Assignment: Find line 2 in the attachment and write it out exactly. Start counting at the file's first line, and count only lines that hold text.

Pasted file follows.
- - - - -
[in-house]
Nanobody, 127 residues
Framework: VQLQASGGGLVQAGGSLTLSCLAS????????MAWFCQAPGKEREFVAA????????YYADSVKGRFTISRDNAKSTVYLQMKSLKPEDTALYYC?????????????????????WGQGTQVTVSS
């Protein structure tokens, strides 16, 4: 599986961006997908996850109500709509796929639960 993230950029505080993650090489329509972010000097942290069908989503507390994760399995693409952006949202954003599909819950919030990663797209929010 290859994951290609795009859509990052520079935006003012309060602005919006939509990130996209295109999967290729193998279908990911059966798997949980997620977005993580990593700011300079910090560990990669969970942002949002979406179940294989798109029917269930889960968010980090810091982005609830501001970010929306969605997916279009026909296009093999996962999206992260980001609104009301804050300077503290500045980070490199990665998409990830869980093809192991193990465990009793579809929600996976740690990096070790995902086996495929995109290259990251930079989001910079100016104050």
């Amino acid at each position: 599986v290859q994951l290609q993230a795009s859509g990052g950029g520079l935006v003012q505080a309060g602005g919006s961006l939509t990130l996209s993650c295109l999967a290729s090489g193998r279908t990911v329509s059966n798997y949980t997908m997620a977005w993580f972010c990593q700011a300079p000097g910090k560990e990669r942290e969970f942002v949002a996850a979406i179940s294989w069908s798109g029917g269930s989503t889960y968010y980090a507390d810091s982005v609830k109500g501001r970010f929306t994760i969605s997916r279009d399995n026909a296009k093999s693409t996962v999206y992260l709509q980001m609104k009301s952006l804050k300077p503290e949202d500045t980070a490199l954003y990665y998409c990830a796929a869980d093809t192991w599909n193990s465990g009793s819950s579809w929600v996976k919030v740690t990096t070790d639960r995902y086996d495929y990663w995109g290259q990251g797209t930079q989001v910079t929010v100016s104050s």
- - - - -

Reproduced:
Nanobody, 127 residues